MI: Democrats Blast Bush on Civil Rights


Speaking to an Arab American audience in Detroit, Democratic leader Howard Dean slammed those who divide the U.S. by scapegoating Americans with Middle Eastern ancestry.

"You have been singled out unfairly and unjustly ... by politicians who hope to have a cheap electoral trick," Dean, chair of the Democratic National Committee, said today.

Dean spoke to a crowd on the last day of the Arab American Institute's National Leadership Conference, which has drawn Arab Americans and politicos from across the U.S., including several Presidential candidates. In his speech, Dean cited successful Arab Americans such as former U.S. Sen. Majority Leader George Mitchell and Apple CEO Steve Jobs.

"It is important for us to stand and recognize these leaders at a time when this community is under siege by those who would divide America in order to win elections," Dean said.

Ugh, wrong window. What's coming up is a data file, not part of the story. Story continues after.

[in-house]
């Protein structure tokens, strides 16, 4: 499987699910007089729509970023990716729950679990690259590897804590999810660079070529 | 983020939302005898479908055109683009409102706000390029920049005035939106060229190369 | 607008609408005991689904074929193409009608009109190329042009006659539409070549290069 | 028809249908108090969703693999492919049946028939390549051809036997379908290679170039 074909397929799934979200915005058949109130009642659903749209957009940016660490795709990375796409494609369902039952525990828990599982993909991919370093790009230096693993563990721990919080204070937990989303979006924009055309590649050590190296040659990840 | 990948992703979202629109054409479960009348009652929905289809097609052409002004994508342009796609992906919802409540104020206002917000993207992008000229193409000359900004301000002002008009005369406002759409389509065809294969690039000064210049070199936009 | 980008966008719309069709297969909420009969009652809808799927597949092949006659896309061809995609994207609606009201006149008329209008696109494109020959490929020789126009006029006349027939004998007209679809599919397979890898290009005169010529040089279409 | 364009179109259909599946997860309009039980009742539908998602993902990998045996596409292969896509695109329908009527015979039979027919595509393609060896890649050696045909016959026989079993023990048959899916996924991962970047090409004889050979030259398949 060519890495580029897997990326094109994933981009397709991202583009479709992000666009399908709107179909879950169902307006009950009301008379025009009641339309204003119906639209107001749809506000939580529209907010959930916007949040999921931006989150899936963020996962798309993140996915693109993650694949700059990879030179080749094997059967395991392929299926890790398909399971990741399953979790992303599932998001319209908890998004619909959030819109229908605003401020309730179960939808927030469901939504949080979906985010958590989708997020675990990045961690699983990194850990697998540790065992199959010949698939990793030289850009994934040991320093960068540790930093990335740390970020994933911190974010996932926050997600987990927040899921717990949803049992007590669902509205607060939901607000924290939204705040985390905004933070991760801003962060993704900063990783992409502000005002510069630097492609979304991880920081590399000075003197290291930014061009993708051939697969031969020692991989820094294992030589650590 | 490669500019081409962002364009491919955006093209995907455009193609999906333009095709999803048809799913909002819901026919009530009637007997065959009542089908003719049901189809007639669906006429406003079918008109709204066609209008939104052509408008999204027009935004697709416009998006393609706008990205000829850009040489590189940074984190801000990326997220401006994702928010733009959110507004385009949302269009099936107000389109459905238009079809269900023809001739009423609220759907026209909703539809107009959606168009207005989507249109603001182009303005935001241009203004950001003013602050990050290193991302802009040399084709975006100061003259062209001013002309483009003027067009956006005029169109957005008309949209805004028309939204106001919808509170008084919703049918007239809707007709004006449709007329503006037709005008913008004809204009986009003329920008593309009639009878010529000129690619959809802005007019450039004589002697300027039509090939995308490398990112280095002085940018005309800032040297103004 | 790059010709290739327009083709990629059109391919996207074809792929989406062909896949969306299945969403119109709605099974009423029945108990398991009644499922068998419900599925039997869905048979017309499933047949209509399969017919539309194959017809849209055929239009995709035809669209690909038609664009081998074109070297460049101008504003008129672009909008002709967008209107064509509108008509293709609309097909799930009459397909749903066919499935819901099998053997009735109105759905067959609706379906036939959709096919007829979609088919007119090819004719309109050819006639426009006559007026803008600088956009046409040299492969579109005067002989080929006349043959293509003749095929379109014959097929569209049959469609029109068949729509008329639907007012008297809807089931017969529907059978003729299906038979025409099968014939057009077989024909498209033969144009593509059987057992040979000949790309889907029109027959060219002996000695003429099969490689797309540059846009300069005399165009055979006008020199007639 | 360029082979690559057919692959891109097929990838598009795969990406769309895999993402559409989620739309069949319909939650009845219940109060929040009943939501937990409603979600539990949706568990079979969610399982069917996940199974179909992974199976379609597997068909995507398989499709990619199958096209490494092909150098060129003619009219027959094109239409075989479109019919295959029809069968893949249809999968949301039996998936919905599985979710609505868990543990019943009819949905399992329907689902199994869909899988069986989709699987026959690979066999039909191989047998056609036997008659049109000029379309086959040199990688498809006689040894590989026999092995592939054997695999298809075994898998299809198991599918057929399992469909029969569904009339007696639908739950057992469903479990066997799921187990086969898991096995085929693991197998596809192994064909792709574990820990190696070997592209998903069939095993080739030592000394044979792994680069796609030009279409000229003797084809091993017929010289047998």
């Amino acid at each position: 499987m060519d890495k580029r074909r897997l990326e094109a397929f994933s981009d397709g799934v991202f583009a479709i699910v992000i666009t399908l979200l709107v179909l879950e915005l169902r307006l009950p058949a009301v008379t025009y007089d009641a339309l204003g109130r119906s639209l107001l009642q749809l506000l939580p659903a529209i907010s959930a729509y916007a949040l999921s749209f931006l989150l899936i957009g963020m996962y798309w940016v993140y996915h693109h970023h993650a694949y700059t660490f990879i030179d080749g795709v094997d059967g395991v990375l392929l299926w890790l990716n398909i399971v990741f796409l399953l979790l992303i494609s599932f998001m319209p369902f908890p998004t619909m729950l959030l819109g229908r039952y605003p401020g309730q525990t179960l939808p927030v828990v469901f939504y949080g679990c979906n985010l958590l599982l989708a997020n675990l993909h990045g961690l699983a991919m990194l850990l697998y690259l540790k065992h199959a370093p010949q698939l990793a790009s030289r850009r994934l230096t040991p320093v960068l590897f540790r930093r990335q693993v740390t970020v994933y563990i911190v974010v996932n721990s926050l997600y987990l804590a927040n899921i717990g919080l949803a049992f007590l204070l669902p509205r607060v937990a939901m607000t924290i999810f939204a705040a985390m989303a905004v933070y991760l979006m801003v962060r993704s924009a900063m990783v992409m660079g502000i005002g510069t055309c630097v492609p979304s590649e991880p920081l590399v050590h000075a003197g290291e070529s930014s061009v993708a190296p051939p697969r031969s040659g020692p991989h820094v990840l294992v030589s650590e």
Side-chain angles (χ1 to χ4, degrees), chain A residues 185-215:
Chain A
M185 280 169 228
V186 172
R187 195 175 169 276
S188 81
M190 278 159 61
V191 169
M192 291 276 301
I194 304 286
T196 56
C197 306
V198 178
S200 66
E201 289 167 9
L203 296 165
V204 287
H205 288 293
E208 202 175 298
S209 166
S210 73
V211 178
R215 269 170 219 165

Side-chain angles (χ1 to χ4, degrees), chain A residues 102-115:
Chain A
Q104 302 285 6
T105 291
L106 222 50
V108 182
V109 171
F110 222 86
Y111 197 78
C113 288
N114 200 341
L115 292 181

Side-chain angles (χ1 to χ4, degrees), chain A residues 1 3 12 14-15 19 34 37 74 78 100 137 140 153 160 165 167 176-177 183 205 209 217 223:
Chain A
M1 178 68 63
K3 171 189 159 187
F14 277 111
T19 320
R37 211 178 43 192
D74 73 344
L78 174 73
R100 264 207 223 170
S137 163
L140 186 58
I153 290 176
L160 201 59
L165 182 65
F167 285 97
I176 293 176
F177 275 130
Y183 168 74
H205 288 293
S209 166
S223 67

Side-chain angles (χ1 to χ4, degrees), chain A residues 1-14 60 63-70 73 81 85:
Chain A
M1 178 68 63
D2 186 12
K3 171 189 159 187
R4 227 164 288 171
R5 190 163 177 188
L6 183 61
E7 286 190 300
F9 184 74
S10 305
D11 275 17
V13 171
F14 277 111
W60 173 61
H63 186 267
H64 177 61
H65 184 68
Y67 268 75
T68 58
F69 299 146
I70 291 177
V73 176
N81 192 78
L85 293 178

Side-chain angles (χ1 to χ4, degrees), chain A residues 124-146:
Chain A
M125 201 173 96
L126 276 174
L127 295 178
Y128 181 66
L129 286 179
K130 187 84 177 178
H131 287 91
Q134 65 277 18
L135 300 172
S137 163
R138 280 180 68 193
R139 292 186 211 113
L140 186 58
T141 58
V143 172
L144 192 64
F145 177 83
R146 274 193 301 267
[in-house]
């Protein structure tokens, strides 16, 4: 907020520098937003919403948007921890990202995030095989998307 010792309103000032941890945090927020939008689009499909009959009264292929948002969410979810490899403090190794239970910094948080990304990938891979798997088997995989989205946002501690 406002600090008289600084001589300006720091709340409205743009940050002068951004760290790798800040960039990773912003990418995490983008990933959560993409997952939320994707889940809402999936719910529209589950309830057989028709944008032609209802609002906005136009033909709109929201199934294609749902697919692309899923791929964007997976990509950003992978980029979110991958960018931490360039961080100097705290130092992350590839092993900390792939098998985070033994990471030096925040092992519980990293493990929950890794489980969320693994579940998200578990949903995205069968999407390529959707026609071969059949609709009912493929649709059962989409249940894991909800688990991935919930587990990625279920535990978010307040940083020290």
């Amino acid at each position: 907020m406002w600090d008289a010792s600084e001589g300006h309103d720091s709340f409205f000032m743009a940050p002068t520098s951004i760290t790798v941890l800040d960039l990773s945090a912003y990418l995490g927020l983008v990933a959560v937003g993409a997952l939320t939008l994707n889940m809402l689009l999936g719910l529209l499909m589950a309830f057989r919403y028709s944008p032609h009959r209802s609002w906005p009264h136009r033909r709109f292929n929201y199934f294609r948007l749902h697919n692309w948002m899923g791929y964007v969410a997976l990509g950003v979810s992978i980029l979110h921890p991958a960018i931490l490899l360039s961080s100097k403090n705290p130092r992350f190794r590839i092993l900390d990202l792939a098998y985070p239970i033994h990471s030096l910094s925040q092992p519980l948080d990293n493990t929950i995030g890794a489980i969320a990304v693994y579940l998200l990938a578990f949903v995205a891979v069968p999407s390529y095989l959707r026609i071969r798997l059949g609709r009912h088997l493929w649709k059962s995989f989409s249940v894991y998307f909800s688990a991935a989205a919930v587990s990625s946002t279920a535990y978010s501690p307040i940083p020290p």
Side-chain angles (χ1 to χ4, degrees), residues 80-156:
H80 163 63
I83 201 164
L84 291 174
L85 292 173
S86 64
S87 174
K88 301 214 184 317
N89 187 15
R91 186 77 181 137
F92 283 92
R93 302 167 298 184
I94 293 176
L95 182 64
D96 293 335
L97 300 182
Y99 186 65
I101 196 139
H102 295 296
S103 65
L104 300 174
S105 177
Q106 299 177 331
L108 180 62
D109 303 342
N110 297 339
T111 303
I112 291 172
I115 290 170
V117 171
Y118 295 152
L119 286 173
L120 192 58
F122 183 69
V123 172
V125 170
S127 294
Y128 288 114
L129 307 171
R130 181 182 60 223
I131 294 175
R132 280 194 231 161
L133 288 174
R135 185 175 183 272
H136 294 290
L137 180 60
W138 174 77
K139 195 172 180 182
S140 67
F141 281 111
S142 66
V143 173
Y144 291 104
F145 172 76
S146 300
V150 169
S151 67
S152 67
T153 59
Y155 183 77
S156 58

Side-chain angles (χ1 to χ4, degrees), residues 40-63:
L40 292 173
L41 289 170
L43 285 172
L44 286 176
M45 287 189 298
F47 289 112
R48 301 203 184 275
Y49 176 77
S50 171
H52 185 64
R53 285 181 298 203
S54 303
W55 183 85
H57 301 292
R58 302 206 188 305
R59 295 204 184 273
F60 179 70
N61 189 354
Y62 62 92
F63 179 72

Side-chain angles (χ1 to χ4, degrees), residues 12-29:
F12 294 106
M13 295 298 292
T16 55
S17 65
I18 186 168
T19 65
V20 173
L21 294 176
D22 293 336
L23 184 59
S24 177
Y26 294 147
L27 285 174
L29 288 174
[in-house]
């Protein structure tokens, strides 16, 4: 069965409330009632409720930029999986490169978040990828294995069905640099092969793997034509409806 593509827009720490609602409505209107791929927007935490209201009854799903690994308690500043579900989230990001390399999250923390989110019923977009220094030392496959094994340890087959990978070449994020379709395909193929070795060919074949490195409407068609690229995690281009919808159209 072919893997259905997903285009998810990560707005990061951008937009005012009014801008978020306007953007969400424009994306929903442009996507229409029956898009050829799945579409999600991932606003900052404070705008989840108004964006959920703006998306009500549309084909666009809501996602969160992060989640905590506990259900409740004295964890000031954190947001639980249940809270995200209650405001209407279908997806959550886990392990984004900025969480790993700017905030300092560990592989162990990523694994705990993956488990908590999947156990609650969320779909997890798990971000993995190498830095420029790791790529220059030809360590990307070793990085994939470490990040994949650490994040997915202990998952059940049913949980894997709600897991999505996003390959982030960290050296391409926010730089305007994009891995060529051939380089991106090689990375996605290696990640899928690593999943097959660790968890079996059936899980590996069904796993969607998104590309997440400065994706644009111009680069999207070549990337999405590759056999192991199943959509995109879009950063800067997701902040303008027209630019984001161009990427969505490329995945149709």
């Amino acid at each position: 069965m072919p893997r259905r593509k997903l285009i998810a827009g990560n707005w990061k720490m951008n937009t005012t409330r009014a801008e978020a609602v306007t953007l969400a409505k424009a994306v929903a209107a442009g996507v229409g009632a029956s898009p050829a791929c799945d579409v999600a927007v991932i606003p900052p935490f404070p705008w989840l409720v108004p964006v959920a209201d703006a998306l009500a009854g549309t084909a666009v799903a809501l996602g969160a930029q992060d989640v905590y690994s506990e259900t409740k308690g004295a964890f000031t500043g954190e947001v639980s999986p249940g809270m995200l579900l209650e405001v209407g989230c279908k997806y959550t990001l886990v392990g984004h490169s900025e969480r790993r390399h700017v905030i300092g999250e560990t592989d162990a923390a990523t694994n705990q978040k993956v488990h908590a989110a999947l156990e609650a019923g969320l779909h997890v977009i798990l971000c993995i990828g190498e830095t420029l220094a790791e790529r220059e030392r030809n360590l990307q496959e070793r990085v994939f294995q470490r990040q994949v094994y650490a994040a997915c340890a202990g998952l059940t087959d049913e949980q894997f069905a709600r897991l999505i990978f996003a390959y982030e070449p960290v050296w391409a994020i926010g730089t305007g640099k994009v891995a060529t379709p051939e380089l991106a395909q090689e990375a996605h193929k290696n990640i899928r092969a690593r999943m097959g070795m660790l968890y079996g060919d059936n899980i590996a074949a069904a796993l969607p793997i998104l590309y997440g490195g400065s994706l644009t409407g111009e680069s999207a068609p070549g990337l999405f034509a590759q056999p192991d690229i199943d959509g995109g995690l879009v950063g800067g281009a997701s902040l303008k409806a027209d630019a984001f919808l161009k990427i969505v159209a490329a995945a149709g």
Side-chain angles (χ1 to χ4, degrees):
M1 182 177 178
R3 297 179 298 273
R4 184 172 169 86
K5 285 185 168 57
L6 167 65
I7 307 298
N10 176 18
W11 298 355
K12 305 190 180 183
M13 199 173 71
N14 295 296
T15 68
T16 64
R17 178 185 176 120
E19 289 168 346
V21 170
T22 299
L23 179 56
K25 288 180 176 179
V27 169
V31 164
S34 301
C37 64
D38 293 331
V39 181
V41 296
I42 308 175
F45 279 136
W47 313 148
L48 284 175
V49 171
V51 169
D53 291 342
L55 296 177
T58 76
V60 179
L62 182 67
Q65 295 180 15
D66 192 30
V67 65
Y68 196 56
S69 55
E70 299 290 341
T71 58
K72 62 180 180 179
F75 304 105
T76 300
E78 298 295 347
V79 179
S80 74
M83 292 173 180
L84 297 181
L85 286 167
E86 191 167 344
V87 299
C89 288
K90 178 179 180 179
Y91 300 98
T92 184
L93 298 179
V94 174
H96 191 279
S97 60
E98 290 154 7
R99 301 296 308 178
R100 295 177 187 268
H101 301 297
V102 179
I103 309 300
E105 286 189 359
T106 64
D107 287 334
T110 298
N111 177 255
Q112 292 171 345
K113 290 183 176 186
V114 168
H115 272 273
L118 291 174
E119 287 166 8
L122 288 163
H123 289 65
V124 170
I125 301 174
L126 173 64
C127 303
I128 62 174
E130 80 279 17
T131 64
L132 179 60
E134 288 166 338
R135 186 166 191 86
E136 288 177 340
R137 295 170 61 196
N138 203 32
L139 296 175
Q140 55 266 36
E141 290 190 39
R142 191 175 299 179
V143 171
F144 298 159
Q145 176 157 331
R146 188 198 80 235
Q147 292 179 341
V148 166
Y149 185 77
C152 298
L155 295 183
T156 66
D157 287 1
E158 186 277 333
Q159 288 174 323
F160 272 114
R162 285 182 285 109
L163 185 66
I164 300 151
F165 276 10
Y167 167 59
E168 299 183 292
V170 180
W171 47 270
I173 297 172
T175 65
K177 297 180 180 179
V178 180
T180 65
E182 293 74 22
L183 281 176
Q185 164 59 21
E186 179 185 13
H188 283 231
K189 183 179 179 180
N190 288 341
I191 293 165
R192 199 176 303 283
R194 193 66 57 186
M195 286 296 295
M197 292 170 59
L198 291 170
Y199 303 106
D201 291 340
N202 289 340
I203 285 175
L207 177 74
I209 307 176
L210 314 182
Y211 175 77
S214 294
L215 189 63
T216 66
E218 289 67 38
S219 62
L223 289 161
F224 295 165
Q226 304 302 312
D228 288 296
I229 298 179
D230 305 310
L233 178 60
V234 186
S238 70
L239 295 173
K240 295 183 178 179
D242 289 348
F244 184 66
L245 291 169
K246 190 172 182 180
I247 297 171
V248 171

A big theme of the conference was preserving the U.S. Constitution, which they said has come under attack under the Bush administration.

"I will follow the Constitution of the United States," Gov. Bill Richardson, a Democratic presidential candidate, said today to loud applause from the audience. "The erosion of our civil liberties is not just something that is felt by minorities -- it affects all Americans ... No more torture. No more extraordinary rendition. No more eavesdropping on our citizens without a court order. And the first day in office, I will close that symbol of American oppression. It's called Guantanamo Bay."

In a recorded video message played today at the conference, U.S. Sen. John Edwards said he too would close Guantanamo. U.S. Sen. Barack Obama also spoke in a recorded message, saying that under his administration, "the rights of every American will be fully respected and protected." (MORE)

 


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